Corciano is a small medieval hilltop town near Perugia. The old centre is remarkably unspoiled and well-maintained and the pretty town makes an atmospheric stop on a tour of Umbria. There are a couple of sights which are worth seeing, and the town’s tourist information office incorporates a small museum with very interesting archaeological exhibits. This is an area keen to attract foreign travellers; I visited as a guest of the local promotional agency.
The best place to begin a stroll is the town’s tourist information office, just below the town walls (with parking). Inside is an interesting model of the town and downstairs is a marvellous little archaeological museum, called the Antiquarium. The Antiquarium displays local finds including parts of an Etruscan chariot from nearby Castel San Mariano, bronze statuettes dating back to the sixth century BC and ex-votos from the Lake Trasimeno area in forms including the characteristic lake eel. A necropolis has been found at Strozzacapponi near Corciano (worth visiting if you have a car) which was used by the local Etruscan populace in a time when the influences of Rome were becoming stronger. In the museum you will find reconstructed tombs, and carved stone funerary urns from the burial ground, some of them with scarcely-believable traces of coloured paint. One seems to depict a woman with an early handbag. Probably dating to more recent times are two stone lions which stood until recently in Corciano’s little town square. A local legend recounts how a scorpion in the mouth of one of the lions bit and killed a child; his father is said to have beaten the stone lion leaving it in the damaged state you see today.
Corciano is between a village and a town in size. The walled historic centre is a pleasant setting for a stroll, with lots of medieval atmosphere and views over the green Umbrian countryside and a nearby hilltop monastery. The town has an imposing gateway, the Porta Santa Maria, with a cage hanging outside it, where felons were once suspended (a scene included in present-day historic re-enactments).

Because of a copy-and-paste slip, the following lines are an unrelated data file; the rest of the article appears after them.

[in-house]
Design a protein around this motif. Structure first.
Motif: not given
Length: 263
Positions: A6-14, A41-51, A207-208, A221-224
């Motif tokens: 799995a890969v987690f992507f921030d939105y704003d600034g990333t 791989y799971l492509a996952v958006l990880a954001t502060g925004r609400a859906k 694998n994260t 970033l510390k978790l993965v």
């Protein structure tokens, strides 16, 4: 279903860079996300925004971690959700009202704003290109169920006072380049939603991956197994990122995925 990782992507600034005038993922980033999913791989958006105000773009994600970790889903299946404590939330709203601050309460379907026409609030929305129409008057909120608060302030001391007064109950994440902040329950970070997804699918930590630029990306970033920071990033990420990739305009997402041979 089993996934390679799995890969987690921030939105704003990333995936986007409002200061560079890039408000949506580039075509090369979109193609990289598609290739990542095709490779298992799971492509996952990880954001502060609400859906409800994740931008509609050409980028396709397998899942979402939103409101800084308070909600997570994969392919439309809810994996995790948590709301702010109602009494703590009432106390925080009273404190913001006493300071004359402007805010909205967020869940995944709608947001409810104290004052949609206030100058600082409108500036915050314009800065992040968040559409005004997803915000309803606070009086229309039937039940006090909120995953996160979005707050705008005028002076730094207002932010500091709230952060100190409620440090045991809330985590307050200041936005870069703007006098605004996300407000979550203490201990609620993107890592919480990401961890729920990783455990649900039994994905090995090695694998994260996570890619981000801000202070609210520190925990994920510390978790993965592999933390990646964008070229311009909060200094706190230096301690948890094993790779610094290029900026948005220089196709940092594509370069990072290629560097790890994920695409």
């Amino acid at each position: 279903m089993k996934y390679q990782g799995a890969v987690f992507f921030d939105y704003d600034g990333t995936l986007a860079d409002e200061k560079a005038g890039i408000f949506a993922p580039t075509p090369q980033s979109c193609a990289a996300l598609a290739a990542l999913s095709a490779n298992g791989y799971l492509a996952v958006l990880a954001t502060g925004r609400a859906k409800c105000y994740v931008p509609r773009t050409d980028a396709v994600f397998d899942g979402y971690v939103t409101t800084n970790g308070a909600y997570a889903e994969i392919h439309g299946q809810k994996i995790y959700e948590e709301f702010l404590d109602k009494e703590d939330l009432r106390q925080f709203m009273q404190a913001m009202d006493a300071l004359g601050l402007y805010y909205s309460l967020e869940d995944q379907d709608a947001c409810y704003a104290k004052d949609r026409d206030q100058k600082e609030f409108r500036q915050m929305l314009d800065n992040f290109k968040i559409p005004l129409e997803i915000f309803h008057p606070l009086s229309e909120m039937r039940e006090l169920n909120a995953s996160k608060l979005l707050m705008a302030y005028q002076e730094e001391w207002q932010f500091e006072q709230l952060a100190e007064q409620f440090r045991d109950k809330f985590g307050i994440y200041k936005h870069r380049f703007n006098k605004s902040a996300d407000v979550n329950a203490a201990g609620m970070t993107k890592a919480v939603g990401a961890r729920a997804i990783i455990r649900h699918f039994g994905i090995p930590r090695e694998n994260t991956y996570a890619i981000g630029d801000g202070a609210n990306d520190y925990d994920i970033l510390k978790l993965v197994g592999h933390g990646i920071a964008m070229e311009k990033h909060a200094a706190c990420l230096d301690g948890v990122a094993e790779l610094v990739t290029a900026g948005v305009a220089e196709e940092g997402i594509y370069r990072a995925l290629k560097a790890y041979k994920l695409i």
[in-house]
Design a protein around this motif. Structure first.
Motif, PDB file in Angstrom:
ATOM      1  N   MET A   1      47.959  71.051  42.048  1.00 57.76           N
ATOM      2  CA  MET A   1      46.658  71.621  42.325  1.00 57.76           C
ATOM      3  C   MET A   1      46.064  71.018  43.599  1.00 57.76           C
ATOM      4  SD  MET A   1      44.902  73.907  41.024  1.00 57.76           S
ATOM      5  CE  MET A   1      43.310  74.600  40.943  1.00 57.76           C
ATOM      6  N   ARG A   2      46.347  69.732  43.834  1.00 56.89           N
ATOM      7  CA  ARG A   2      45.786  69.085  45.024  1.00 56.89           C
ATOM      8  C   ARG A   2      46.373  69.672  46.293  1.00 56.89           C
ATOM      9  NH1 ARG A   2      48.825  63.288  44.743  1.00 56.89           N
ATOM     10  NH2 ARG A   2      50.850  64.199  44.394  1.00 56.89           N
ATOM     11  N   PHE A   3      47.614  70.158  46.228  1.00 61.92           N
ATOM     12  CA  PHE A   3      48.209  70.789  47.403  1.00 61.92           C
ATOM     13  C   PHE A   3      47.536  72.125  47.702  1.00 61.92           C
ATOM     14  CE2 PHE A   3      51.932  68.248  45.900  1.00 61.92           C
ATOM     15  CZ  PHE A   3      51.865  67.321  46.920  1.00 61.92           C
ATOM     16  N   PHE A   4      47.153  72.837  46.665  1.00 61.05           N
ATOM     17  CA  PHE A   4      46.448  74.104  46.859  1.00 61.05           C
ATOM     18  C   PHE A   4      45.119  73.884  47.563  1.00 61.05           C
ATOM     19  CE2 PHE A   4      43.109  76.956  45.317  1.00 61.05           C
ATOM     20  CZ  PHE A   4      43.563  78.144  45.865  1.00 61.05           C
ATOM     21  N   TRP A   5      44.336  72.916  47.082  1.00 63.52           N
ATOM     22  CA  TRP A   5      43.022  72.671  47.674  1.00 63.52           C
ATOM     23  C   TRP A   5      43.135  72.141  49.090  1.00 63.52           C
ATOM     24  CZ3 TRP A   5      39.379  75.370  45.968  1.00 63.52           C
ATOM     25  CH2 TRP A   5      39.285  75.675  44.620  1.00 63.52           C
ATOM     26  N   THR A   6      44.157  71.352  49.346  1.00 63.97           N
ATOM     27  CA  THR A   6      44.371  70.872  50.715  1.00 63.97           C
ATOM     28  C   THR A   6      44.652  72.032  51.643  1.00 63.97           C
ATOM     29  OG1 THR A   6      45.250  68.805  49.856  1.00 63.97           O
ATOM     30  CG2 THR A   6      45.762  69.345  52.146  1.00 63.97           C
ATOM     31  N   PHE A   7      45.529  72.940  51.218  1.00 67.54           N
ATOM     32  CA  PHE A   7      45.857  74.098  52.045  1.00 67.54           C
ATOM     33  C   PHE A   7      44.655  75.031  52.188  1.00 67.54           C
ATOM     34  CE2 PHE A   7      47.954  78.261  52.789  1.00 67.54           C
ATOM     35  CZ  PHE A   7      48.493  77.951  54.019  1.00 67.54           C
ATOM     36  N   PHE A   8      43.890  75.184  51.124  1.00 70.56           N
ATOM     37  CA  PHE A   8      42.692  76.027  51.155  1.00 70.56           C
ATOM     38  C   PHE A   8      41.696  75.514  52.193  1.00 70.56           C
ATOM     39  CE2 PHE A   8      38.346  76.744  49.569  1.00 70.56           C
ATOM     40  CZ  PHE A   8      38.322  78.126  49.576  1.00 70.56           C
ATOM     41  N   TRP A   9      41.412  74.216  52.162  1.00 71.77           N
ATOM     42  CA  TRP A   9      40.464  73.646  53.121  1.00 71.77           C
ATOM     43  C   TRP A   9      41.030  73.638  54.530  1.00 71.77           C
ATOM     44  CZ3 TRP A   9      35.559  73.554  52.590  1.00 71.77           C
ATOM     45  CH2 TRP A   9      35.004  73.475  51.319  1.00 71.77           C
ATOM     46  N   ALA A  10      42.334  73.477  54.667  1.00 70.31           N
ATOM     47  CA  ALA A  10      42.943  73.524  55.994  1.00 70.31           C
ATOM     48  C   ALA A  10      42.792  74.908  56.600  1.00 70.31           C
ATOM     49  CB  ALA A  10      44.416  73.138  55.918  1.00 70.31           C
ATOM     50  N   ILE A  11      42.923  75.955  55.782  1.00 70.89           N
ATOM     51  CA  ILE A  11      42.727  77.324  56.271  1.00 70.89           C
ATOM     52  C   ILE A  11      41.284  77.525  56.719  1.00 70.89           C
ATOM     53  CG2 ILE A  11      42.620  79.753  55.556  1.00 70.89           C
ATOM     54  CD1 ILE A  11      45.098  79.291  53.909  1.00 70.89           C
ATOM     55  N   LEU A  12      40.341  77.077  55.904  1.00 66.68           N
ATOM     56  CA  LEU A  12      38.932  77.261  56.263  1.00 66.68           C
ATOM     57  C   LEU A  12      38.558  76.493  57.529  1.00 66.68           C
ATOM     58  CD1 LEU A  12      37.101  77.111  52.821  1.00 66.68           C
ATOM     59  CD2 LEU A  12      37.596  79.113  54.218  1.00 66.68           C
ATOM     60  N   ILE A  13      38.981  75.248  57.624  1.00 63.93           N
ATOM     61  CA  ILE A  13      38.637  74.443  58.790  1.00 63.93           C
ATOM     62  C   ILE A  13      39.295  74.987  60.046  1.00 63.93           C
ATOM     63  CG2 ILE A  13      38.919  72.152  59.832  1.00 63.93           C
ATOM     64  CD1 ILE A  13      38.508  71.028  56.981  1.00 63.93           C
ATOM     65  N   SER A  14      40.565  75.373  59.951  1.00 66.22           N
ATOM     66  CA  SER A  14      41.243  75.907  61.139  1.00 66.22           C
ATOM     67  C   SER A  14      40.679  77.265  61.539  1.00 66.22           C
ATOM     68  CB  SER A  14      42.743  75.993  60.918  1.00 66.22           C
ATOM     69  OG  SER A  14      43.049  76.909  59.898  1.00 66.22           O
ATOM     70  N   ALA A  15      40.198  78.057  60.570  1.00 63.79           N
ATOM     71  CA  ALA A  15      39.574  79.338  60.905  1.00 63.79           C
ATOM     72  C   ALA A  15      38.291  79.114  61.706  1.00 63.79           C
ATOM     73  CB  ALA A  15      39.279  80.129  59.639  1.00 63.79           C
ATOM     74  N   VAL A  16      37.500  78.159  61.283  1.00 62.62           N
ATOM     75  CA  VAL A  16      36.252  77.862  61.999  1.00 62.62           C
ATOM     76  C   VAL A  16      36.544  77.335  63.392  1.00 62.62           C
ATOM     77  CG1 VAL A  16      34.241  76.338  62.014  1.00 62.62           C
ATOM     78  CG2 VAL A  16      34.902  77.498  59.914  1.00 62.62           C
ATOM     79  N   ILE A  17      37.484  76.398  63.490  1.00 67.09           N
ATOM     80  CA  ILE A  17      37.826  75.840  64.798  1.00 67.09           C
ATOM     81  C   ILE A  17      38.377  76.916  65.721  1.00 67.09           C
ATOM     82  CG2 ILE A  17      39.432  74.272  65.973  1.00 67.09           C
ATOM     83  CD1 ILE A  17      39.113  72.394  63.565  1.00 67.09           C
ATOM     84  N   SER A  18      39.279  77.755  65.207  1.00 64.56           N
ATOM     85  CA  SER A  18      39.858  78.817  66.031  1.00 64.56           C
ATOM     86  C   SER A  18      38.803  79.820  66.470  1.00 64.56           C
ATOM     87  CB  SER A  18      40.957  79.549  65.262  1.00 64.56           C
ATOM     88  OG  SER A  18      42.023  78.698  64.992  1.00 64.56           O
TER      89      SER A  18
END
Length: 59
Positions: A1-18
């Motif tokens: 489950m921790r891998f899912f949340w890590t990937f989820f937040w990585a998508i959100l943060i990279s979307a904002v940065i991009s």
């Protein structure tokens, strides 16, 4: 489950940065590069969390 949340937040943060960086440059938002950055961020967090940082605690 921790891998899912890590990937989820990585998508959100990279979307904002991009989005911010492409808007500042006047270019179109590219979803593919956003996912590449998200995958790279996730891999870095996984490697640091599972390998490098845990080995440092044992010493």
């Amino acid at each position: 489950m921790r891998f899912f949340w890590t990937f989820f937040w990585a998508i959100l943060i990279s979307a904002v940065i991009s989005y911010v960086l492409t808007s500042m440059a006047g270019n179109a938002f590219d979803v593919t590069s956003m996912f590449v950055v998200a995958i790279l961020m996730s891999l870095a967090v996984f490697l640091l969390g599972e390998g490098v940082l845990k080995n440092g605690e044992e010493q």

Inside the gate is the town’s church, Santa Maria Assunta, which contains a couple of fine paintings. The main altarpiece is by the great Umbrian artist Pietro Vannucci, known as il Perugino. Commissioned five hundred years ago for this spot, it shows the Assumption of the Virgin, to whom the church is dedicated. In the smaller pictures of the predella, beneath, are depictions of the Annunciation and the Adoration of Christ. Another painting in thc church, perhaps even more charming, is a 1472 Gonfalone by Benedetto Bonfigli. It shows the Madonna protecting the people of Corciano, illustrated in the painting with its ring of defences. A gonfalone is a type of banner or standard, and this painting is still carried through Corciano in a historic procession each year. Look out, too, for a twentieth-century altarpiece by Guerriero Giappesi, which includes children in period fashions, and another view of Corciano.
Further up the quaint lanes is a charming little ‘peasant’s house’ museum, the Museo della Casa Contadina, a quaint space filled with a clutter of historic artefacts relating to the everyday lives of local residents. Objects include kitchen paraphenalia and a ‘priest’, a bed-warming device. Many items date back a hundred years, but similar utensils would have been used in living memory. Close by is another small museum, the Museo della Pievania, housed in a former chapel. This contains some seventeenth and eighteenth-century paintings including works by Corciano-born artist Giuseppe Laudati, a number of devotional objects, reliquaries and other curios.